The GERD Dam and the Prospect of Cooperation in the Eastern Nile Basin

  • By Yared Debebe May 16, 2022
  • Women on the outskirts of Addis Ababa on average walk 15 to 20 kilometers daily to collect firewood. Collecting firewood and fetching water from rivers or ponds is a daily reality for the vast majority of rural Ethiopian women. The journey is not easy; they encounter unbearable challenges including forest guards who chase them away from wooded areas, backbreaking bundles of wood carried great distances, and even sexual assaults, yet they must return home to sell this firewood and still prepare food for their family. The health consequences of using firewood for cooking are enormous, and continuous reliance on firewood also leads to deforestation and other ecological problems. The Grand Ethiopia Renaissance Dam (GERD) was inaugurated to address the growing socio-economic needs of the country, including saving Ethiopian women from the vicious cycle of the firewood-collecting burden.The Ethiopian rationale for building the GERD raised concern for Egypt— given the potential effects of the huge dam on the farmers and water security of 90 percent of Egyptians who rely entirely on Nile waters. Sudan, on the other hand, which has been flooded by the Blue Nile, initially welcomed the dam’s construction. The regional dispute among Ethiopia, Egypt and Sudan over the GERD arises from such contradictory and overlapping national interests (i.e., utilizing the Nile waters for developmental purposes, maintaining the flow of the Nile, and preventing annual flooding). However, the overarching Nile waters conflict is rooted in the legacies of colonial treaties and the absence of comprehensive water-sharing legal frameworks.Previous efforts to forge cooperative institutional frameworks, which began in the 1960s, bore fruit only in 1999 with the establishment of the Nile Basin Initiative (NBI). However, no legally binding water-sharing agreement has been reached thus far, with Egypt and Sudan rejecting proposed treaties out of concern they will lose their “current uses and rights” to Nile water. And in the meantime, losing patience, Ethiopia embarked on constructing the GERD on the Abay River (Blue Nile) in 2011 exacerbating the already strained relationship with Egypt. Excepting the 2015 Declaration of Principles signed by the three countries, negotiations over the GERD appear to have stalled or reached an impasse.Based on the most recent facilitations and dialogue regarding the dam, the fact that each of the three nations defines their interest in the right to the Nile waters as a critical national security issue makes it difficult for them to compromise. The United States and World Bank brokered negotiation focused on three sticking points: a schedule-based filling of the dam; drought mitigation mechanisms during filling; and overall dam operation. After a year-long discussion, Ethiopia refused to sign a draft plan, alleging that it favored Egypt and Sudan. Prime Minister Abiy Ahmed had been criticized for upholding a diplomatic approach that diverged from his predecessor’s strategy of aligning with a coalition of African states that share the Nile’s water. Ethiopia’s rejection of the proposed deal was not without repercussion; the U.S. imposed restrictions on some foreign assistance, further complicating the dam crisis and sparking an “it is my dam” movement in Ethiopia and the diaspora. Following the failed attempt of the GERD negotiation in Washington, the parties agreed to resume talks under the auspices of the African Union (AU).Negotiation is not easy, particularly on matters of such outstanding national interest. It takes years to reach a mutually beneficial solution. The GERD talks are not different. However, with the 85 percent completion of the dam construction and the third filling of the dam coming in a few months during the Ethiopia rainy season, the festering crisis should be prevented from escalation. Indeed, the diplomatic positions and compromises of the riparian states trickle down and tremendously affect rural Ethiopian women, farmers, and many more. It is ultimately these groups of people along the Nile who dream of the dam’s completion in hopes that it will not only relieve their stress but offer new ways of life.Yared Debebe Yetena is a Ph.D. candidate in Peace and Security Studies at Addis Ababa University, Ethiopia. Since 2012, he has been a lecturer and researcher in Peace and Security Studies at the University of Gondar. He is also a DAAD alumnus and a 2021 Civil Society Scholars Award fellow. His wider research interests include nationalism, social movement, peacebuilding, and post-conflict reconstruction. He was a Southern Voices Network for Peacebuilding (SVNP) Scholar and an Africa Program Scholar during Spring 2022.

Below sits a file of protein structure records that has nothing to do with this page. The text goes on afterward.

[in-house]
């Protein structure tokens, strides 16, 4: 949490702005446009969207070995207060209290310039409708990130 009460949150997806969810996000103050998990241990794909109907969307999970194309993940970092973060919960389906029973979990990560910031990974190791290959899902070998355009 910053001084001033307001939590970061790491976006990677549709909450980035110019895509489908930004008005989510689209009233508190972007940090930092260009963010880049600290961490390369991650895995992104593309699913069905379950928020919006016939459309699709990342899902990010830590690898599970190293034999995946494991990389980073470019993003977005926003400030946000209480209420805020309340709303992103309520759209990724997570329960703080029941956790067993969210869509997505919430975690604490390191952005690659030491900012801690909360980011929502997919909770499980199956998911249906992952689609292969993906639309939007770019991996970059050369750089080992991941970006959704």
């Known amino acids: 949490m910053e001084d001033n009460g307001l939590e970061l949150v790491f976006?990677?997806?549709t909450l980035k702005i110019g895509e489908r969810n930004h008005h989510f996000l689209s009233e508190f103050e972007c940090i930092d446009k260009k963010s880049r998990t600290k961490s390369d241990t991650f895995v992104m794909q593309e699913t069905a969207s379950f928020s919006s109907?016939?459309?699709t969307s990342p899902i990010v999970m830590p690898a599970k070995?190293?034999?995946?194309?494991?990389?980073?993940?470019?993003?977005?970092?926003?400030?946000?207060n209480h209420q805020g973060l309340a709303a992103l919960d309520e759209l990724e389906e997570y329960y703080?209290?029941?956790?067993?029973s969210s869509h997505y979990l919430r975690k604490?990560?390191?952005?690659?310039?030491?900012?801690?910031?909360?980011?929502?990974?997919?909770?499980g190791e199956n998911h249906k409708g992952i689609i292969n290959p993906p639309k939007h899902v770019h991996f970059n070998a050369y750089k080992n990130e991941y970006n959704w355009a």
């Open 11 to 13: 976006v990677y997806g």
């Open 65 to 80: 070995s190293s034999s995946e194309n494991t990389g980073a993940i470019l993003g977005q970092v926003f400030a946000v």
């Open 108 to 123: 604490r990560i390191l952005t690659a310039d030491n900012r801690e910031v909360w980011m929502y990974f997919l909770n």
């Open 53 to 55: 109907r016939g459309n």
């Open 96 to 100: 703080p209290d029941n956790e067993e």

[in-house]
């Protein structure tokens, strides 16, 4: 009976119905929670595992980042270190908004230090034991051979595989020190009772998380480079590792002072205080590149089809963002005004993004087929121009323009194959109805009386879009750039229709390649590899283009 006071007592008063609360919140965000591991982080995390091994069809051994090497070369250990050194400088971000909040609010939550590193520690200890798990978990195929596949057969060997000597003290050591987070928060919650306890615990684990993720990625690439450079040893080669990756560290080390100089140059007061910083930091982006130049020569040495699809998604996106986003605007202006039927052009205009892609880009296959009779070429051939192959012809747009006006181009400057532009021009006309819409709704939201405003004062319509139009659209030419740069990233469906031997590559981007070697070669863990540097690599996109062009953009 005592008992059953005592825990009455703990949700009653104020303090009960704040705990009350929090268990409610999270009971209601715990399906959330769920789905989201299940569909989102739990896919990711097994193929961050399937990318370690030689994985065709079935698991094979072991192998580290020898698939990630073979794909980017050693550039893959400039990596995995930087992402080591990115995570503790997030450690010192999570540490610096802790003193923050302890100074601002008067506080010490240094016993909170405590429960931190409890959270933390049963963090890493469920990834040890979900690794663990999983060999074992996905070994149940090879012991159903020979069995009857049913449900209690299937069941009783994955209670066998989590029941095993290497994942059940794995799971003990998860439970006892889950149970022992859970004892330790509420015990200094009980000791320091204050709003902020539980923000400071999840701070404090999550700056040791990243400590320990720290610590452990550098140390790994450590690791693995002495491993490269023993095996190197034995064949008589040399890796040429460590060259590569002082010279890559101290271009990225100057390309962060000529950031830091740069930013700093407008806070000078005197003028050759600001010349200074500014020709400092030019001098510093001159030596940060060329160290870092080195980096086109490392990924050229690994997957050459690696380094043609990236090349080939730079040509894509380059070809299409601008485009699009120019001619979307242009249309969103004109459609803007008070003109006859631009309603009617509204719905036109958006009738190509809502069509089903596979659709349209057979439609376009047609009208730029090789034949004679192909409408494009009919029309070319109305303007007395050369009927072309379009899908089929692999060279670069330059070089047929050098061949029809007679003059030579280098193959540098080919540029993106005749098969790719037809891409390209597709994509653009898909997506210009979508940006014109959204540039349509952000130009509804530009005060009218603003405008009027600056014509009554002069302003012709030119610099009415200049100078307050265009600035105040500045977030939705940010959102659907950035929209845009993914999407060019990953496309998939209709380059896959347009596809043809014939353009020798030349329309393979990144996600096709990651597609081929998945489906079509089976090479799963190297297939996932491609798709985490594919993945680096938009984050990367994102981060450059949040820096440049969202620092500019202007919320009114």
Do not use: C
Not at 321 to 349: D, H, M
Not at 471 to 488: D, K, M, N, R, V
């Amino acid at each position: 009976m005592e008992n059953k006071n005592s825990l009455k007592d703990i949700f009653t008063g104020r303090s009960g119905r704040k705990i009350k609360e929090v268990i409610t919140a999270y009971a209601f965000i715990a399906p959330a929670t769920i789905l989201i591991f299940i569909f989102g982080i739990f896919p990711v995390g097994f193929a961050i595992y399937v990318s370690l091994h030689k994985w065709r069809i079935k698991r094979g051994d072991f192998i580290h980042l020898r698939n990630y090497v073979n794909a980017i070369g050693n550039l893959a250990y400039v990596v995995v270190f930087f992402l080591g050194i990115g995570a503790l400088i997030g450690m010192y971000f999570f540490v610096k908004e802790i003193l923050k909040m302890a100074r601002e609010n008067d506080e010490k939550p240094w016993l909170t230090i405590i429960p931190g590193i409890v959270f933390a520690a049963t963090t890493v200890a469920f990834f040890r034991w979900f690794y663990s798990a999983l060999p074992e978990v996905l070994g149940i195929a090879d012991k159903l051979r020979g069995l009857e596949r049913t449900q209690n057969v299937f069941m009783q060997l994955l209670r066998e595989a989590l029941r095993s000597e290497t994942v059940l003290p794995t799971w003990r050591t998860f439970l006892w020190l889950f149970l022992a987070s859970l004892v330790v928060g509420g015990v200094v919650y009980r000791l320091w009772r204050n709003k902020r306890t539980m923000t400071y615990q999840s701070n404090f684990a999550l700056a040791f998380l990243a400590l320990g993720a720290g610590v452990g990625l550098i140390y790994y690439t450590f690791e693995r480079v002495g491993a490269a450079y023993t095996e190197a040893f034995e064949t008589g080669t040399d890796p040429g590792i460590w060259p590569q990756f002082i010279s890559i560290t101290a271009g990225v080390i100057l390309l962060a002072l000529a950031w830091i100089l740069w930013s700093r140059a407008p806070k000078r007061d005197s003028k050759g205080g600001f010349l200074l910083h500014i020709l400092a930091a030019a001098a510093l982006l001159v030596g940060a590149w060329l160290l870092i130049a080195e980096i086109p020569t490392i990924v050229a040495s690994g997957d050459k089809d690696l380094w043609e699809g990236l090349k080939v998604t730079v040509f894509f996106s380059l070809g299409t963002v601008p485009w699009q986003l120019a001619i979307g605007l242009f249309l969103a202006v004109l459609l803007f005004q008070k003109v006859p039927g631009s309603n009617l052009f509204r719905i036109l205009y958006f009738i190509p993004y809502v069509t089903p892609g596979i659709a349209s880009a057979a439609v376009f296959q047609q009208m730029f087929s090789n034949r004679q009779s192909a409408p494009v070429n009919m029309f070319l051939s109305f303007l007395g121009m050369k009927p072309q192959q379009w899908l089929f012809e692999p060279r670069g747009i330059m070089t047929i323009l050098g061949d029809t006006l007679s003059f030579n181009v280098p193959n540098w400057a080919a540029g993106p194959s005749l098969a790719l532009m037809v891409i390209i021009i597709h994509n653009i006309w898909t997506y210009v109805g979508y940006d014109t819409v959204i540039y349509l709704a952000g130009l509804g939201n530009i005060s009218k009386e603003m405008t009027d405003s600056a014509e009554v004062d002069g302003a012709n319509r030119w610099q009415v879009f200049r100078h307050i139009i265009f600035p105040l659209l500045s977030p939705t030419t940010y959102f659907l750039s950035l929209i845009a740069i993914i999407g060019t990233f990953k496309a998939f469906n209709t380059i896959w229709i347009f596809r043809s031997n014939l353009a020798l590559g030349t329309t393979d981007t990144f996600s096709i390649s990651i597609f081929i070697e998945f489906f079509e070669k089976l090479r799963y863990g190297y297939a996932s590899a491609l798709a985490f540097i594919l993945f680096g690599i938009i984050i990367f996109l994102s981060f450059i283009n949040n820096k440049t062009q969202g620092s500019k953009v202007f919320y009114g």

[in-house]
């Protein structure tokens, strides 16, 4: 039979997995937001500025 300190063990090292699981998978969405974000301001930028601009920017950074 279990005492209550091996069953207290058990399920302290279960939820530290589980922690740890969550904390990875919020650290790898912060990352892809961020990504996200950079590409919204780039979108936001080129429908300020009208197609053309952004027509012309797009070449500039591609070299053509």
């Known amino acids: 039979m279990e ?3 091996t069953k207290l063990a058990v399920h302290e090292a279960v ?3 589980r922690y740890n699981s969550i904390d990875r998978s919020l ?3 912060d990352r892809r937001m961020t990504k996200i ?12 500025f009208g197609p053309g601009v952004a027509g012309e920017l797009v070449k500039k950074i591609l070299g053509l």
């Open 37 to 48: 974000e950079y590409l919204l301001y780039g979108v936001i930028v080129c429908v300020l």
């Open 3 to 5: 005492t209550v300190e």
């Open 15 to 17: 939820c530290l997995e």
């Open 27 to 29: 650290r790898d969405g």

• Photo Source: Aerial view of the Nile River Valley by Alexdjvu/Shutterstock


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